Oklahoma football: Notable QB platoons

by Berry Tramel Published: August 20, 2013

Three notable quarterback platoons in OU history:

1. Dave Robertson & Kerry Jackson, 1972: The NCAA ruled freshmen eligible for the '72 season, and Chuck Fairbanks and Barry Switzer took full advantage. They made Jackson the backup quarterback and began inserting him into games to relieve Robertson. Jackson, a dynamic runner, was OU's third-leading rusher through four games, with 286 yards on 44 carries, just 30 yards fewer than All-American Greg Pruitt. Then an injury sidelined Jackson, and Robertson played most of the remaining meaningful minutes.

2. Eric Moore & a cast of thousands, 1996-98: In Moore's final three seasons, he started the majority of OU games. But the quarterbacking never was settled. He gave way to Garrick McGee in the 1995 season finale, then spent the next three years giving way to Justin Fuente or Brandon Daniels or Jake Sills or Patrick Fletcher.

3. Jamelle Holieway & Charles Thompson, 1988: Holieway's rebuilt knee rendered the once-magical optioneer a shadow of his former self. But Barry Switzer still started Holieway early in the '88 season, while playing Thompson extensively, too. A 23-7 loss at Southern Cal showed the system wasn't really working, and when Holieway suffered an ankle injury against Texas, the political door was open for Thompson to take over full-time.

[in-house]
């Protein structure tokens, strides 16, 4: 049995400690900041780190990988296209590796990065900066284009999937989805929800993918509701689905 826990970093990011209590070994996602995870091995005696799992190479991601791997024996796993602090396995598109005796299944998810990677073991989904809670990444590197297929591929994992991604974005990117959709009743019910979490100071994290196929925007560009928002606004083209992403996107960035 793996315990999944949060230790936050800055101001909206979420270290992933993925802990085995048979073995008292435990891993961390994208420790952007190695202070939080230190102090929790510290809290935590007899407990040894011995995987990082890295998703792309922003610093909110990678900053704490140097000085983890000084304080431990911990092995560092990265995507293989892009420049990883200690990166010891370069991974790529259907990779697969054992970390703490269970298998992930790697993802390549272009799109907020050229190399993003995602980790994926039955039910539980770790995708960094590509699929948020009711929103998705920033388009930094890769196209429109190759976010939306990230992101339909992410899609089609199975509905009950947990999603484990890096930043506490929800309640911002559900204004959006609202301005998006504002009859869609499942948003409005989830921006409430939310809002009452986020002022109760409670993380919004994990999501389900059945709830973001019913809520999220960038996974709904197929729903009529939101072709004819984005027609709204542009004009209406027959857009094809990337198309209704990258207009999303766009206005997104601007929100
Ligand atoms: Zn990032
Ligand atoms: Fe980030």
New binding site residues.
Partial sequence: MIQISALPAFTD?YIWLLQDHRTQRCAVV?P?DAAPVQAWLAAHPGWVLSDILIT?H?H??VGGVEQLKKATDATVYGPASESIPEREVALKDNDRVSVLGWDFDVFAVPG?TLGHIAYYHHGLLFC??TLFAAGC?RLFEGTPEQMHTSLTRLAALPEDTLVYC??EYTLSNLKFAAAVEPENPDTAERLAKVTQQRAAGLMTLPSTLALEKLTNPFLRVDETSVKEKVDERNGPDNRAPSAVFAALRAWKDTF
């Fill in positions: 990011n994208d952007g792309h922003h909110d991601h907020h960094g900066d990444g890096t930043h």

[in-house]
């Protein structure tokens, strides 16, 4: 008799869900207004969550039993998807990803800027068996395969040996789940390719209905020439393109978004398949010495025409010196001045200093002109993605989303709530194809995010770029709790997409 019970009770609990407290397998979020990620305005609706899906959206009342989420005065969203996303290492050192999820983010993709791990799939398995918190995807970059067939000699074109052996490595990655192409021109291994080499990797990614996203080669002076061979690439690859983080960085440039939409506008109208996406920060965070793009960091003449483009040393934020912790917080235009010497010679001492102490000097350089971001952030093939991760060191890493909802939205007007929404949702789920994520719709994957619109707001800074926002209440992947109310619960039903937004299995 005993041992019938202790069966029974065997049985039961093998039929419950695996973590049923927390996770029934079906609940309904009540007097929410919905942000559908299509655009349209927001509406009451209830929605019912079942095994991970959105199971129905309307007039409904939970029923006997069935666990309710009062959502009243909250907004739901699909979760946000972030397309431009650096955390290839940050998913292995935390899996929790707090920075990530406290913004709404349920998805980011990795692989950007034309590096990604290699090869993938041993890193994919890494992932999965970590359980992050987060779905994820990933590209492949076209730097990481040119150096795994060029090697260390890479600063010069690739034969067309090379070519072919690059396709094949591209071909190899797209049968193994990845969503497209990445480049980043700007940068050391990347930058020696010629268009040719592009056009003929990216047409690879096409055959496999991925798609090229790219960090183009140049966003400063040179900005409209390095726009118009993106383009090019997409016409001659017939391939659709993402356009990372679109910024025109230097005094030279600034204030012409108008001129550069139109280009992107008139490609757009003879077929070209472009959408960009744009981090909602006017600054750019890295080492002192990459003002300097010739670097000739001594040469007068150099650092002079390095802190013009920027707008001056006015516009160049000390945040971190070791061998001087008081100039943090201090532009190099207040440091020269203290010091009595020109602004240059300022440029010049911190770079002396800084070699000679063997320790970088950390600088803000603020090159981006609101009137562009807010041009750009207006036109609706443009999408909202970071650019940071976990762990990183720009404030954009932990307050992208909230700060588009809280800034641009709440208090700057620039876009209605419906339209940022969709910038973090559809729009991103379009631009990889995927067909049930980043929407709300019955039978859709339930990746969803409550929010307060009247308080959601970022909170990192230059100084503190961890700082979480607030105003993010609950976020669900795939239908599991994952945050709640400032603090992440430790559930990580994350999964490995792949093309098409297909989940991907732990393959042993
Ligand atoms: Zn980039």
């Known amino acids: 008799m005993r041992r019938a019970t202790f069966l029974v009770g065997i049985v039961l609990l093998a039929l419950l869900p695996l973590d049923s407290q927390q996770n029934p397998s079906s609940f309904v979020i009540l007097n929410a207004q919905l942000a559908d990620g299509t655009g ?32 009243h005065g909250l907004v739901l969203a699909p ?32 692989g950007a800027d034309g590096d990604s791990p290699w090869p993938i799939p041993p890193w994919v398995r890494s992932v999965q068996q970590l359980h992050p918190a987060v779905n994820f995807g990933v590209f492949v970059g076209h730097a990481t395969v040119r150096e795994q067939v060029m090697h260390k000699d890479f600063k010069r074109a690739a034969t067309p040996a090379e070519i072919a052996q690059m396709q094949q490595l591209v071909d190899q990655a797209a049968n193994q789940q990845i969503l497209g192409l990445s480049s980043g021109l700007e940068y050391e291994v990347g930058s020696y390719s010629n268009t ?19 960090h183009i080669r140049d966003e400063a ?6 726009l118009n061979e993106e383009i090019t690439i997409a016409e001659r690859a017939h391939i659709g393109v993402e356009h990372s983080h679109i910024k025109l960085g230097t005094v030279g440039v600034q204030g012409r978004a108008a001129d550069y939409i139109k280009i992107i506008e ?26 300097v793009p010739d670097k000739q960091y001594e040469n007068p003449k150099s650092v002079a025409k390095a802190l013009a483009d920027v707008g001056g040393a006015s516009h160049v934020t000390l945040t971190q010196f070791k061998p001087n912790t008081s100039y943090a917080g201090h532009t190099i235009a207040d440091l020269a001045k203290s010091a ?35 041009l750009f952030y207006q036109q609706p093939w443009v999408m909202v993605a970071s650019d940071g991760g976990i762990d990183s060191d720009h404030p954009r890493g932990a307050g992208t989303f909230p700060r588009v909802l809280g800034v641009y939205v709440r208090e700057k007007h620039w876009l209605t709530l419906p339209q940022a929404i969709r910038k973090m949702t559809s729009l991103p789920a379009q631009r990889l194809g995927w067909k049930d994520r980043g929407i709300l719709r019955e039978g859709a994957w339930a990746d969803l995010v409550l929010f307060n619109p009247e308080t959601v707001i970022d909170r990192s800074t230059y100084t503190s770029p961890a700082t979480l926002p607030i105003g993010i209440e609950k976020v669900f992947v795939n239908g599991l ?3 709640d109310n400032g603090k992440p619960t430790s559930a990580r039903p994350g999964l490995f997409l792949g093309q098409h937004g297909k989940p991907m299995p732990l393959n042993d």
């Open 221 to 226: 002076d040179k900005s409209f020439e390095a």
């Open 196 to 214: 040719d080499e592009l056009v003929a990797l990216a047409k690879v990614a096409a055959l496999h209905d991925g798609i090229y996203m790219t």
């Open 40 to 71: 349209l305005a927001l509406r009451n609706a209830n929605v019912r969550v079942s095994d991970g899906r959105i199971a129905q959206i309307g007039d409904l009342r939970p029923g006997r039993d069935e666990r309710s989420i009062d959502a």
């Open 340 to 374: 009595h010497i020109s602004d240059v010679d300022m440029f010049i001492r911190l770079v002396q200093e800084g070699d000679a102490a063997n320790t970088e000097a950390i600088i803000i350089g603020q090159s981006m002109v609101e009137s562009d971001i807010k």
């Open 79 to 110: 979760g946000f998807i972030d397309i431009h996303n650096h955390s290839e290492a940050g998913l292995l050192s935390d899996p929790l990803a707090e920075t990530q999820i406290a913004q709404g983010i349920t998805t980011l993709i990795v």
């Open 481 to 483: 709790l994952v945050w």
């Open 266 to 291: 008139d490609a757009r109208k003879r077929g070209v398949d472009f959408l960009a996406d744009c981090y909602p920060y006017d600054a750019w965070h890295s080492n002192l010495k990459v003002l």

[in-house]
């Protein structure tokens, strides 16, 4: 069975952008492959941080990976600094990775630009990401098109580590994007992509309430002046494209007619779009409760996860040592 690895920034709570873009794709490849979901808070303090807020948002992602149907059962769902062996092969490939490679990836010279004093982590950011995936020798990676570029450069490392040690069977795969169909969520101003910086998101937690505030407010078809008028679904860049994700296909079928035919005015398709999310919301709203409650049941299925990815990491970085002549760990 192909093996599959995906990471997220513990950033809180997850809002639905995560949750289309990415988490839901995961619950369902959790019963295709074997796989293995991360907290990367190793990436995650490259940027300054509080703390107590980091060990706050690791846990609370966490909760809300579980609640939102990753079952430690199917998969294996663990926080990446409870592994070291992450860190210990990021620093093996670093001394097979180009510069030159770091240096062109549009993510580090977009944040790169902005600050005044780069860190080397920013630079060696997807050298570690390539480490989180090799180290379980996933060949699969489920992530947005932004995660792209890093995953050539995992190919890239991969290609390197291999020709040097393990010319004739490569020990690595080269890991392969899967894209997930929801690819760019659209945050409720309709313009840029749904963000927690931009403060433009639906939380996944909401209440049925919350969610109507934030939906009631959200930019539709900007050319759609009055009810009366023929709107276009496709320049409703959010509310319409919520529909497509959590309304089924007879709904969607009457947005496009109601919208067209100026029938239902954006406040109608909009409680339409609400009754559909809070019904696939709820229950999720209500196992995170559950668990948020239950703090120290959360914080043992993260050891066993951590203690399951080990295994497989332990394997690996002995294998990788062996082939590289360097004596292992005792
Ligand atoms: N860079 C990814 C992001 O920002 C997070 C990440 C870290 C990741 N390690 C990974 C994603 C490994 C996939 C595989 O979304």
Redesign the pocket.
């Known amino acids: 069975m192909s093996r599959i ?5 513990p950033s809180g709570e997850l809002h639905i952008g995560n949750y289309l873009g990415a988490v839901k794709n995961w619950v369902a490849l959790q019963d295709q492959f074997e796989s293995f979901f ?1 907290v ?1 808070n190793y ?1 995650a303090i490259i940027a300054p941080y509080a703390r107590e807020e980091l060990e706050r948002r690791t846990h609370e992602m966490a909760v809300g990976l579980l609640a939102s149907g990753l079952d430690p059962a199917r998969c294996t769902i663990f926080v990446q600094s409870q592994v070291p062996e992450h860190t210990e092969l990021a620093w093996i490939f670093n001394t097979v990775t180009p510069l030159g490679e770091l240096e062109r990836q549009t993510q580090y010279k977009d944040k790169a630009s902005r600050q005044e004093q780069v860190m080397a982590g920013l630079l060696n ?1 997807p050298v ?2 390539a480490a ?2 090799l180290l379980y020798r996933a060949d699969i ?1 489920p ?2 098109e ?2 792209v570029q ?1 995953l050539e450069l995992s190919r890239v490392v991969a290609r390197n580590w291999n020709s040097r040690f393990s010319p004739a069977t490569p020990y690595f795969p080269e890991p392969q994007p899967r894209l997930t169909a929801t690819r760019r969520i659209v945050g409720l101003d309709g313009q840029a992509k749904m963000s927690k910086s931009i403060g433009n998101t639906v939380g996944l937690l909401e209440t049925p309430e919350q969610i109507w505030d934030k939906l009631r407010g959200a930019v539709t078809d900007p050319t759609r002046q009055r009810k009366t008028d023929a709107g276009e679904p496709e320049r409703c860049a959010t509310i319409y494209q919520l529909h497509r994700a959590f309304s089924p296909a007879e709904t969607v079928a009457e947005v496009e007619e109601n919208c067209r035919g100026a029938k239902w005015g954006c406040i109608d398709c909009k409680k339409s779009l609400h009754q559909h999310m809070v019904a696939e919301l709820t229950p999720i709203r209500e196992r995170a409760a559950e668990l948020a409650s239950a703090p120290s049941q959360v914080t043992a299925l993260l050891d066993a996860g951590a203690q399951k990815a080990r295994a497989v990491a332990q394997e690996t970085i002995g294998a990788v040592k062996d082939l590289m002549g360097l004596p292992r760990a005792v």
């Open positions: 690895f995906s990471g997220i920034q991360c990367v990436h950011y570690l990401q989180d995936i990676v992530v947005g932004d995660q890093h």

by Berry Tramel
Columnist
Berry Tramel, a lifelong Oklahoman, sports fan and newspaper reader, joined The Oklahoman in 1991 and has served as beat writer, assistant sports editor, sports editor and columnist. Tramel grew up reading four daily newspapers — The...
+ show more

Advertisement


Trending Now



AROUND THE WEB

  1. 1
    Conservative Activist Claims Women Paid The Same As Men Won't Find Husbands
  2. 2
    Report: Thunder to open playoffs on Saturday
  3. 3
    Former Sonics guard Gary Payton: Durant, Westbrook 'the new era'
  4. 4
    GOP consulting firm employee starts 'Boats 'N Hoes PAC'
  5. 5
    Why One Man Traveled Almost 3,000 Miles To Take On The Federal Government At A Ranch In Nevada
+ show more